Today: Colorado Will Decide If PTSD Is a Qualifying Medical Condition
Looks like it will be a slam dunk.
The Colorado Senate passed the Post-Traumatic Stress Bill in a 34 to 1 vote on March 8. Now, the bill is scheduled for a public hearing before the House State Affairs Committee. If the bill gets full clearance, it would allow people, especially veterans, to use medical marijuana to treat PTSD.
Getting the bill passed has had its share of problems. According to The Cannabist:
The Colorado Board of Health denied multiple petitions for the inclusion, citing the need for more scientific evidence; bills’ trips through the General Assembly have been short-lived; and veterans and PTSD-sufferers’ legal bids were quashed.
Veterans’ need for successful PTSD treatment is crucial. Veteran suicide rates are unconscionable, and finally, Colorado is on board to offer another option for help. Adam Foster, an attorney for PTSD as a qualifying medical-marijuana condition, says this bill is monumental for veterans.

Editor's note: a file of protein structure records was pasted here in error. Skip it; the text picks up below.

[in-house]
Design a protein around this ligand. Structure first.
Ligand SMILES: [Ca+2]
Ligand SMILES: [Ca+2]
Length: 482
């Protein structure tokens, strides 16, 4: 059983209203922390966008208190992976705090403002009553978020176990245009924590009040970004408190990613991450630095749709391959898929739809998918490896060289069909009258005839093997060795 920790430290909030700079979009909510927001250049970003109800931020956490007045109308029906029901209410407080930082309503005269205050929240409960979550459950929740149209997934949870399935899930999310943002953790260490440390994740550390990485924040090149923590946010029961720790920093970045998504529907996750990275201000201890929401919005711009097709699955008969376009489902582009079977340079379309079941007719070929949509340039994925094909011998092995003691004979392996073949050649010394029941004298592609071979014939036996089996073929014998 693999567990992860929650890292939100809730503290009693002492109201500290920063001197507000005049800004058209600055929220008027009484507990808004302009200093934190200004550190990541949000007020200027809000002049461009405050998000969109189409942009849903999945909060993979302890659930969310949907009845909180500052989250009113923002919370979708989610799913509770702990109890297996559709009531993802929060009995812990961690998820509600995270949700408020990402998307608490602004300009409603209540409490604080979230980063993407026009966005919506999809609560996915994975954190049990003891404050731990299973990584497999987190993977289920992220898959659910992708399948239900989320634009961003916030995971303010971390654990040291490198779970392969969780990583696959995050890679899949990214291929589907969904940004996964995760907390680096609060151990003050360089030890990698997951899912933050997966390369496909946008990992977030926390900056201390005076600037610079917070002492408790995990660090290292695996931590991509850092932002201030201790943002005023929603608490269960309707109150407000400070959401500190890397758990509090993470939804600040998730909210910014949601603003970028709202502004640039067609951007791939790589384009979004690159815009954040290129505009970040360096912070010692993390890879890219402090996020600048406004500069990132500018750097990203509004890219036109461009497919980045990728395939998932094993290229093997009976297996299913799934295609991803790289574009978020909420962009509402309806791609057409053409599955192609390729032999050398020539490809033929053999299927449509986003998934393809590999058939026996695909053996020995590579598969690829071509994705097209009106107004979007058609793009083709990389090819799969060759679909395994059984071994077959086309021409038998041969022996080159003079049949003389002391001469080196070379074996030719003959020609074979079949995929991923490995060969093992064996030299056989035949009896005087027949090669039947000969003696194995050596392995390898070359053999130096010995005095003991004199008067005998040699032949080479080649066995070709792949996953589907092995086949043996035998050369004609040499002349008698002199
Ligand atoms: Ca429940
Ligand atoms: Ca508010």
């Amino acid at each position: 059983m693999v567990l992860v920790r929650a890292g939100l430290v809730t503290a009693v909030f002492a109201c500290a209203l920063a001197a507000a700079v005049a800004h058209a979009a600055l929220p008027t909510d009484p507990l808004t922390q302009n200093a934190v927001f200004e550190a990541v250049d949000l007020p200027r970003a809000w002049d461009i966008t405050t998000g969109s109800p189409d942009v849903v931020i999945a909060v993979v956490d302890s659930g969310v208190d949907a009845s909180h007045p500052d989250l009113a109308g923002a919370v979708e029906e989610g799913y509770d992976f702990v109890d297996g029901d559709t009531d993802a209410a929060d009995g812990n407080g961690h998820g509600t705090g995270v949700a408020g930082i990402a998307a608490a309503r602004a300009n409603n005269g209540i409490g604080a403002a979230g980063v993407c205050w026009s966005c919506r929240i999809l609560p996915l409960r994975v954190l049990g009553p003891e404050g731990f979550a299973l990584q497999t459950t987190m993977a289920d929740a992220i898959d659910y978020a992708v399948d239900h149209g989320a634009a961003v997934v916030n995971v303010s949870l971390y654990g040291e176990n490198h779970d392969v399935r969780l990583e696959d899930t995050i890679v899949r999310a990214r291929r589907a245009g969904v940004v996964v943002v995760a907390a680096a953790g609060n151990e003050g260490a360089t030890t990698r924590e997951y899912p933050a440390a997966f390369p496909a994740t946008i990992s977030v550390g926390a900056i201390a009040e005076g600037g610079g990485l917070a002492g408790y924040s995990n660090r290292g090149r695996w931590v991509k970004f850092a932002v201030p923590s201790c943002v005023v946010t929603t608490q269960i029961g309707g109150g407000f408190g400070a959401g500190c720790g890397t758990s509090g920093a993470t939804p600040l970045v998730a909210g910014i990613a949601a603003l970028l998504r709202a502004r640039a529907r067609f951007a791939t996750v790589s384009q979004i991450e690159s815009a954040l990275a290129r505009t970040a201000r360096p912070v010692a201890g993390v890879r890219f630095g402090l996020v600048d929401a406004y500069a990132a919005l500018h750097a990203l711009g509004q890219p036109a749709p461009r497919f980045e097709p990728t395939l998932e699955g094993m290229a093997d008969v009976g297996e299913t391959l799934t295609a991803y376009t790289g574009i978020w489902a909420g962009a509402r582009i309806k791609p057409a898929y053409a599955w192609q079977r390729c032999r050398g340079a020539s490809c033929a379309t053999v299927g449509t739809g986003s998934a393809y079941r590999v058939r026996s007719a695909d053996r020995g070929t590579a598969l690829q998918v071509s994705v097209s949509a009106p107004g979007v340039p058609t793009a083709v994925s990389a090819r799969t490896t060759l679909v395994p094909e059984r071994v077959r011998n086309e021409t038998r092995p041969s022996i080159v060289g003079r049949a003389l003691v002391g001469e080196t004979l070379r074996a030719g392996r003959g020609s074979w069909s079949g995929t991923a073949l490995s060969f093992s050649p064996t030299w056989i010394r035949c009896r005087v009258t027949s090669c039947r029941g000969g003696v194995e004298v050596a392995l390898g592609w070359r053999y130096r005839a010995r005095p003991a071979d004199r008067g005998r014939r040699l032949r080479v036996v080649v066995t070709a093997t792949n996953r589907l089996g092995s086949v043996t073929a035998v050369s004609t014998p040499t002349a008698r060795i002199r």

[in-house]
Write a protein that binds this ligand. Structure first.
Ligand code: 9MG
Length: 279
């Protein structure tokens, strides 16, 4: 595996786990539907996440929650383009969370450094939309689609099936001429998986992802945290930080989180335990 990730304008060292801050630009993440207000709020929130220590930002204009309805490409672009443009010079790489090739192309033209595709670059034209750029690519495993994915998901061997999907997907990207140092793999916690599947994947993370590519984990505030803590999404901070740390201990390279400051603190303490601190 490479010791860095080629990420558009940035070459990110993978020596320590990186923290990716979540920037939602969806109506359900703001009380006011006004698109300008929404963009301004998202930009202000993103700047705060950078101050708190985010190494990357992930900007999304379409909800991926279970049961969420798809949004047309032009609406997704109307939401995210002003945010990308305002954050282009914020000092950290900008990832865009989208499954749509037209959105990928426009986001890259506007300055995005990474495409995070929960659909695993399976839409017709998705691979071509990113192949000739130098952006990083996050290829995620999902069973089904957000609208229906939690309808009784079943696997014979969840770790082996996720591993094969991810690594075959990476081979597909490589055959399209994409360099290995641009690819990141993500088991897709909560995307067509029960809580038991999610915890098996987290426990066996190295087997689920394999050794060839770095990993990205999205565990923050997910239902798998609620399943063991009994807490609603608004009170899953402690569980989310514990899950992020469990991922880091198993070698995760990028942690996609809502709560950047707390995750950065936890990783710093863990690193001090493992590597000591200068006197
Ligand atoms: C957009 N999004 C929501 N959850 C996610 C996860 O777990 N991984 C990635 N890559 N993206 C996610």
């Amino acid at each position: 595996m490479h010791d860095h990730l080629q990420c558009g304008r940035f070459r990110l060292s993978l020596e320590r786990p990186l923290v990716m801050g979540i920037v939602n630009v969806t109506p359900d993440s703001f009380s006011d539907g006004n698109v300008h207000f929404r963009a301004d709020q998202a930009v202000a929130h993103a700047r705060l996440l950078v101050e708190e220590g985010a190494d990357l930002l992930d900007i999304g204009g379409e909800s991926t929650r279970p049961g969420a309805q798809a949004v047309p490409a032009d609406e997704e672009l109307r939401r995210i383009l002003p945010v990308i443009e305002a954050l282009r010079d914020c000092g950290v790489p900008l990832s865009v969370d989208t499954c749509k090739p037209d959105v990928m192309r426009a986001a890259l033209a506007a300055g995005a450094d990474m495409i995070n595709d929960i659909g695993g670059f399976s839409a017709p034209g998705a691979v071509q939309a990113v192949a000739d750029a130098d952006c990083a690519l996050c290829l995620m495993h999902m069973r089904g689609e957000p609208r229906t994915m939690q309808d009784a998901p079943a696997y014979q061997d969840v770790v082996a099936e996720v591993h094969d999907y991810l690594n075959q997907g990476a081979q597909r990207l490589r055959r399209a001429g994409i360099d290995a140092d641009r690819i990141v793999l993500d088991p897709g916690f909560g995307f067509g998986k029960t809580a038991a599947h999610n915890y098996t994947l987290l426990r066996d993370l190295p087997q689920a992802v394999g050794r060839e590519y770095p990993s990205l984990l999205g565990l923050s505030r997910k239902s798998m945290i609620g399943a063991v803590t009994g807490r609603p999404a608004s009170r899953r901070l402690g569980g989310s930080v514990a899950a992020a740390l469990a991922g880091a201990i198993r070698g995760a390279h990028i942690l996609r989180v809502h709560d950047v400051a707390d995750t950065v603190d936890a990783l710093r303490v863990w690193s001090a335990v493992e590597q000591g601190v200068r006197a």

"Colorado has been the leader in so many different regards with regard to the cannabis plant, but we are very much behind the curve as far as using medical cannabis to treat PTSD. Every other state that has considered the issue has approved medical cannabis for the treatment of PTSD, and Colorado is really an outlier in that regard,” Foster tells Westword.
The final hearing at the House State Affairs Committee will be on March 8.